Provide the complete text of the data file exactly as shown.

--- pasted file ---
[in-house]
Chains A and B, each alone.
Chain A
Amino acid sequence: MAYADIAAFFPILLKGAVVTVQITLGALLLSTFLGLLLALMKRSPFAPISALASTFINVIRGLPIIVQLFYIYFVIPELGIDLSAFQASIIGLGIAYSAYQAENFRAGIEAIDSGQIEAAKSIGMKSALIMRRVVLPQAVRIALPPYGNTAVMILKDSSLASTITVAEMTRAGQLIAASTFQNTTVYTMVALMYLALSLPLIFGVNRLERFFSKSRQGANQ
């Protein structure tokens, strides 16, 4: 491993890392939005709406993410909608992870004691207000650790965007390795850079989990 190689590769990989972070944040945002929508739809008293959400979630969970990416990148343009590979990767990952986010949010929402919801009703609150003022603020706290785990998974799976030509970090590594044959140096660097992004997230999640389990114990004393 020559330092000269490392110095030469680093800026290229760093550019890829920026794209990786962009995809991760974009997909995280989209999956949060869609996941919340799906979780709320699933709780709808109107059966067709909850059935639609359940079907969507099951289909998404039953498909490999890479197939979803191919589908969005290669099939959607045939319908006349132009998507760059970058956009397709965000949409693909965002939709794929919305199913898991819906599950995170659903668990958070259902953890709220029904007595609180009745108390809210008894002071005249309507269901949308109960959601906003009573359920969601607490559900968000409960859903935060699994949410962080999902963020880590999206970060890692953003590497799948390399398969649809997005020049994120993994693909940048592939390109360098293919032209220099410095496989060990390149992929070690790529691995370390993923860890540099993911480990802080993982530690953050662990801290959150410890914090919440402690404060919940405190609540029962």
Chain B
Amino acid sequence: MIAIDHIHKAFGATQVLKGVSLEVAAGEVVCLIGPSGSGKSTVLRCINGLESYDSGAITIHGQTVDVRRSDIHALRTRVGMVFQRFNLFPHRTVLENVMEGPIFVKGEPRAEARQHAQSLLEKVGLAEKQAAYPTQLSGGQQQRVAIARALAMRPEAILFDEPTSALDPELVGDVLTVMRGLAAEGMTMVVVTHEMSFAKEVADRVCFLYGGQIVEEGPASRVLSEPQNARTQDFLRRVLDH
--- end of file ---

[in-house]
Chains A and B, each alone.
Chain A
Amino acid sequence: MAYADIAAFFPILLKGAVVTVQITLGALLLSTFLGLLLALMKRSPFAPISALASTFINVIRGLPIIVQLFYIYFVIPELGIDLSAFQASIIGLGIAYSAYQAENFRAGIEAIDSGQIEAAKSIGMKSALIMRRVVLPQAVRIALPPYGNTAVMILKDSSLASTITVAEMTRAGQLIAASTFQNTTVYTMVALMYLALSLPLIFGVNRLERFFSKSRQGANQ
């Protein structure tokens, strides 16, 4: 491993890392939005709406993410909608992870004691207000650790965007390795850079989990 190689590769990989972070944040945002929508739809008293959400979630969970990416990148343009590979990767990952986010949010929402919801009703609150003022603020706290785990998974799976030509970090590594044959140096660097992004997230999640389990114990004393 020559330092000269490392110095030469680093800026290229760093550019890829920026794209990786962009995809991760974009997909995280989209999956949060869609996941919340799906979780709320699933709780709808109107059966067709909850059935639609359940079907969507099951289909998404039953498909490999890479197939979803191919589908969005290669099939959607045939319908006349132009998507760059970058956009397709965000949409693909965002939709794929919305199913898991819906599950995170659903668990958070259902953890709220029904007595609180009745108390809210008894002071005249309507269901949308109960959601906003009573359920969601607490559900968000409960859903935060699994949410962080999902963020880590999206970060890692953003590497799948390399398969649809997005020049994120993994693909940048592939390109360098293919032209220099410095496989060990390149992929070690790529691995370390993923860890540099993911480990802080993982530690953050662990801290959150410890914090919440402690404060919940405190609540029962």
Chain B
Amino acid sequence: MIAIDHIHKAFGATQVLKGVSLEVAAGEVVCLIGPSGSGKSTVLRCINGLESYDSGAITIHGQTVDVRRSDIHALRTRVGMVFQRFNLFPHRTVLENVMEGPIFVKGEPRAEARQHAQSLLEKVGLAEKQAAYPTQLSGGQQQRVAIARALAMRPEAILFDEPTSALDPELVGDVLTVMRGLAAEGMTMVVVTHEMSFAKEVADRVCFLYGGQIVEEGPASRVLSEPQNARTQDFLRRVLDH